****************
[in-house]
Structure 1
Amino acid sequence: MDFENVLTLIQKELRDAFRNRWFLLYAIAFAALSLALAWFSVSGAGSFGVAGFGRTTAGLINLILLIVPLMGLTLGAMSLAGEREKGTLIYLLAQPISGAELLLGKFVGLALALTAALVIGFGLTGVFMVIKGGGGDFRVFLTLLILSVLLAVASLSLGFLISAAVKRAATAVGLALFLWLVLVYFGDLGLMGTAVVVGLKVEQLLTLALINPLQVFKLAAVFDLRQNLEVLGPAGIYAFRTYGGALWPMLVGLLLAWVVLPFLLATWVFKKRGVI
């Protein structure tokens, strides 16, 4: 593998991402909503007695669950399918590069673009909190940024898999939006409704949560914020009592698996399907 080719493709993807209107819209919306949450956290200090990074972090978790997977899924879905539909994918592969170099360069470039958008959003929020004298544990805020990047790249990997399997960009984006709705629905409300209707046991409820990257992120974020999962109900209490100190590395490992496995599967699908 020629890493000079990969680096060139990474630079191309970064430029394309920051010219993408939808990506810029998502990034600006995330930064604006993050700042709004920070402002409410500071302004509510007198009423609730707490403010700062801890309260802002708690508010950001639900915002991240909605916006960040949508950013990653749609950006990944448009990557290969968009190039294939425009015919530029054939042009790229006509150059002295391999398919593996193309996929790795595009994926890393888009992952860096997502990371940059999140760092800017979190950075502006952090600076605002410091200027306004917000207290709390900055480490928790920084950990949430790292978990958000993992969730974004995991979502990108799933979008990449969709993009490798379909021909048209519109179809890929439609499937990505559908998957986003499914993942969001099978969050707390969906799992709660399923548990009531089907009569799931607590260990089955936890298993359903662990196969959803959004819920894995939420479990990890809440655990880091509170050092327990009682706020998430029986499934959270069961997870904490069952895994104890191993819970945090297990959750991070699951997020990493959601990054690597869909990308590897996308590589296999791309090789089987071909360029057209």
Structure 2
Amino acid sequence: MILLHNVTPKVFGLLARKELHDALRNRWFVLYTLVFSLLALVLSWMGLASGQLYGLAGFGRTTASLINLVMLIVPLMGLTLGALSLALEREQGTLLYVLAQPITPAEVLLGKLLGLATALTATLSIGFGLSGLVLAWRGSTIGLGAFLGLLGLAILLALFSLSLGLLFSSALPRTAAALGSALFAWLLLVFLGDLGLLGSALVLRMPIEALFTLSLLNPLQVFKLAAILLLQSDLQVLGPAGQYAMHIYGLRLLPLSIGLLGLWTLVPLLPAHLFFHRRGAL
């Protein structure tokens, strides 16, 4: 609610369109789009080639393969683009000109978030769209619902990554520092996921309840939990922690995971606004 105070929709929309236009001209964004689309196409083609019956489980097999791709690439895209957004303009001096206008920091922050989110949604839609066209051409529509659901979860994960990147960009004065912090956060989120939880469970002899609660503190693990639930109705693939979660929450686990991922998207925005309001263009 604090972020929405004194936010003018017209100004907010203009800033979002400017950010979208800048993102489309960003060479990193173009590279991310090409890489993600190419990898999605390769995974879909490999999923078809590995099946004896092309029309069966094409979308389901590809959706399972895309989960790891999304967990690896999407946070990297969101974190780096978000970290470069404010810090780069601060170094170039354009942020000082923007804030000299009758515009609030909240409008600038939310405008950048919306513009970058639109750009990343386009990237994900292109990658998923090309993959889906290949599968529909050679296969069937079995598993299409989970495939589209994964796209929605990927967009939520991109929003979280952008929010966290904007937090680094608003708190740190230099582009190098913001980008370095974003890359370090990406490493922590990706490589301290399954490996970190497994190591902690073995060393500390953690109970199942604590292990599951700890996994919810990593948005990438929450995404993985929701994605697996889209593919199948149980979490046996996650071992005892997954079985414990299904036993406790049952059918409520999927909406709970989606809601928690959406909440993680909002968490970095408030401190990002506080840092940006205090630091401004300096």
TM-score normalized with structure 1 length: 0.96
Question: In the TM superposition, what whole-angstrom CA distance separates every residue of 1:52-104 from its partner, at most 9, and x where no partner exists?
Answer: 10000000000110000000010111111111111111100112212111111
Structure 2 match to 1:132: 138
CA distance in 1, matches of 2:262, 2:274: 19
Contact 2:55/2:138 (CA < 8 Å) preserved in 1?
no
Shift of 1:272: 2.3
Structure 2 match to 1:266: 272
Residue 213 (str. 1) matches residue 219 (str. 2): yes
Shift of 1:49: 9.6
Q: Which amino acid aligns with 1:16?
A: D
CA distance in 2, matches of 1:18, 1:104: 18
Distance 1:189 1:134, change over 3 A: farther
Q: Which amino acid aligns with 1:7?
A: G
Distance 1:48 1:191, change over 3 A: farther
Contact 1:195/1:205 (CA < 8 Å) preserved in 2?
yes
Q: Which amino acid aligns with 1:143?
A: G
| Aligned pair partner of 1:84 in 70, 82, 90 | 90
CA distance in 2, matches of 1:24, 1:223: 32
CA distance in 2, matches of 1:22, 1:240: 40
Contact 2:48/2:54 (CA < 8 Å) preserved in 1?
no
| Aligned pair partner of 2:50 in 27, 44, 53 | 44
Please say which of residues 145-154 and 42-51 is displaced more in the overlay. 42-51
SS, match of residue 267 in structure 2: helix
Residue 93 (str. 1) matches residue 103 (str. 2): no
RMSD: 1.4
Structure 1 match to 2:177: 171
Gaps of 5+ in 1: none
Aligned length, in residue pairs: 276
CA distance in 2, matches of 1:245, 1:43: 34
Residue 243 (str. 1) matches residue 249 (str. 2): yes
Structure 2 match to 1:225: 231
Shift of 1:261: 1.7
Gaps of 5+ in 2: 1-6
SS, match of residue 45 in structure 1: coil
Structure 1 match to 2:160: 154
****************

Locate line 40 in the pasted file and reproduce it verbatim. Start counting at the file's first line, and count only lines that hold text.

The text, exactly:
Structure 1 match to 2:177: 171